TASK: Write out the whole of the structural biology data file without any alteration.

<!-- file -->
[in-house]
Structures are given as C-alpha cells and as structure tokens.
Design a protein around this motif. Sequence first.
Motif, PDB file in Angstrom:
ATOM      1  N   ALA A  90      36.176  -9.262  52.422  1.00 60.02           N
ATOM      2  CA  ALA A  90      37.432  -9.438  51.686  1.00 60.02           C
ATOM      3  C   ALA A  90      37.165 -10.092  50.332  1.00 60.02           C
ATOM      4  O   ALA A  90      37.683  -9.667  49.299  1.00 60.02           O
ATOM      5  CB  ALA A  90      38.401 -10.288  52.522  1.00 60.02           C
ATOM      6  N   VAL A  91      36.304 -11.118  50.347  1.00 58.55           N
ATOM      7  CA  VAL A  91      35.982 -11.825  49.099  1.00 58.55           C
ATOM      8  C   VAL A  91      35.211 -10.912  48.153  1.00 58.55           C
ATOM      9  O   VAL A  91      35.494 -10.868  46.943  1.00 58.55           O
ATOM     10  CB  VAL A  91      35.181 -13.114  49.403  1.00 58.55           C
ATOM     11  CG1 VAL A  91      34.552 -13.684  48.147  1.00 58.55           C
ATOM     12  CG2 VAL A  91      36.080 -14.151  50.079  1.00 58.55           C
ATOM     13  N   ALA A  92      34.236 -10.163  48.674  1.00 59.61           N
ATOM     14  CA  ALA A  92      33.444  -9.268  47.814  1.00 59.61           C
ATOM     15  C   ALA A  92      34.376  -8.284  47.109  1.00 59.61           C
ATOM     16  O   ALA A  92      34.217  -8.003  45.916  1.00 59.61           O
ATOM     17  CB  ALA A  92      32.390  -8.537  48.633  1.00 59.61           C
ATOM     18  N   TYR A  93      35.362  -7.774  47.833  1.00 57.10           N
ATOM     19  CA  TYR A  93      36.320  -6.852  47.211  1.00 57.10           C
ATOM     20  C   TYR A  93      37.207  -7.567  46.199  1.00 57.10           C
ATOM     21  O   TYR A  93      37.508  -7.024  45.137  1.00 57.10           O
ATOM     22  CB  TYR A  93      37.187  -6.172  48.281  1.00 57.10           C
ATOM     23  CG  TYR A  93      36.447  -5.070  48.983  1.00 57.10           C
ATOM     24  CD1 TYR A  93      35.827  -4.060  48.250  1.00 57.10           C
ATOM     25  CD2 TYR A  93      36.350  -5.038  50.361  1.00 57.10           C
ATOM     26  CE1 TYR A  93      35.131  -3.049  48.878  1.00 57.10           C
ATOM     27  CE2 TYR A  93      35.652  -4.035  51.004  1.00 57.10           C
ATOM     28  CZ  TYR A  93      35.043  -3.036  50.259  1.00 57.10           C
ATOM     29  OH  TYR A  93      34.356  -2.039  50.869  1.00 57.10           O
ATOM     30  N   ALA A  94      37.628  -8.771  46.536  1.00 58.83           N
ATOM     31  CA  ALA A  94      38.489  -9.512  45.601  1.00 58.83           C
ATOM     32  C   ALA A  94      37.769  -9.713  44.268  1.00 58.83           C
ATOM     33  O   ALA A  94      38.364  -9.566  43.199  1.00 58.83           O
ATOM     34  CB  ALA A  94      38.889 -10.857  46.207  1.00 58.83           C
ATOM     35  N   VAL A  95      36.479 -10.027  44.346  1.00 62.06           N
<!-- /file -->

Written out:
[in-house]
Structures are given as C-alpha cells and as structure tokens.
Design a protein around this motif. Sequence first.
Motif, PDB file in Angstrom:
ATOM      1  N   ALA A  90      36.176  -9.262  52.422  1.00 60.02           N
ATOM      2  CA  ALA A  90      37.432  -9.438  51.686  1.00 60.02           C
ATOM      3  C   ALA A  90      37.165 -10.092  50.332  1.00 60.02           C
ATOM      4  O   ALA A  90      37.683  -9.667  49.299  1.00 60.02           O
ATOM      5  CB  ALA A  90      38.401 -10.288  52.522  1.00 60.02           C
ATOM      6  N   VAL A  91      36.304 -11.118  50.347  1.00 58.55           N
ATOM      7  CA  VAL A  91      35.982 -11.825  49.099  1.00 58.55           C
ATOM      8  C   VAL A  91      35.211 -10.912  48.153  1.00 58.55           C
ATOM      9  O   VAL A  91      35.494 -10.868  46.943  1.00 58.55           O
ATOM     10  CB  VAL A  91      35.181 -13.114  49.403  1.00 58.55           C
ATOM     11  CG1 VAL A  91      34.552 -13.684  48.147  1.00 58.55           C
ATOM     12  CG2 VAL A  91      36.080 -14.151  50.079  1.00 58.55           C
ATOM     13  N   ALA A  92      34.236 -10.163  48.674  1.00 59.61           N
ATOM     14  CA  ALA A  92      33.444  -9.268  47.814  1.00 59.61           C
ATOM     15  C   ALA A  92      34.376  -8.284  47.109  1.00 59.61           C
ATOM     16  O   ALA A  92      34.217  -8.003  45.916  1.00 59.61           O
ATOM     17  CB  ALA A  92      32.390  -8.537  48.633  1.00 59.61           C
ATOM     18  N   TYR A  93      35.362  -7.774  47.833  1.00 57.10           N
ATOM     19  CA  TYR A  93      36.320  -6.852  47.211  1.00 57.10           C
ATOM     20  C   TYR A  93      37.207  -7.567  46.199  1.00 57.10           C
ATOM     21  O   TYR A  93      37.508  -7.024  45.137  1.00 57.10           O
ATOM     22  CB  TYR A  93      37.187  -6.172  48.281  1.00 57.10           C
ATOM     23  CG  TYR A  93      36.447  -5.070  48.983  1.00 57.10           C
ATOM     24  CD1 TYR A  93      35.827  -4.060  48.250  1.00 57.10           C
ATOM     25  CD2 TYR A  93      36.350  -5.038  50.361  1.00 57.10           C
ATOM     26  CE1 TYR A  93      35.131  -3.049  48.878  1.00 57.10           C
ATOM     27  CE2 TYR A  93      35.652  -4.035  51.004  1.00 57.10           C
ATOM     28  CZ  TYR A  93      35.043  -3.036  50.259  1.00 57.10           C
ATOM     29  OH  TYR A  93      34.356  -2.039  50.869  1.00 57.10           O
ATOM     30  N   ALA A  94      37.628  -8.771  46.536  1.00 58.83           N
ATOM     31  CA  ALA A  94      38.489  -9.512  45.601  1.00 58.83           C
ATOM     32  C   ALA A  94      37.769  -9.713  44.268  1.00 58.83           C
ATOM     33  O   ALA A  94      38.364  -9.566  43.199  1.00 58.83           O
ATOM     34  CB  ALA A  94      38.889 -10.857  46.207  1.00 58.83           C
ATOM     35  N   VAL A  95      36.479 -10.027  44.346  1.00 62.06           N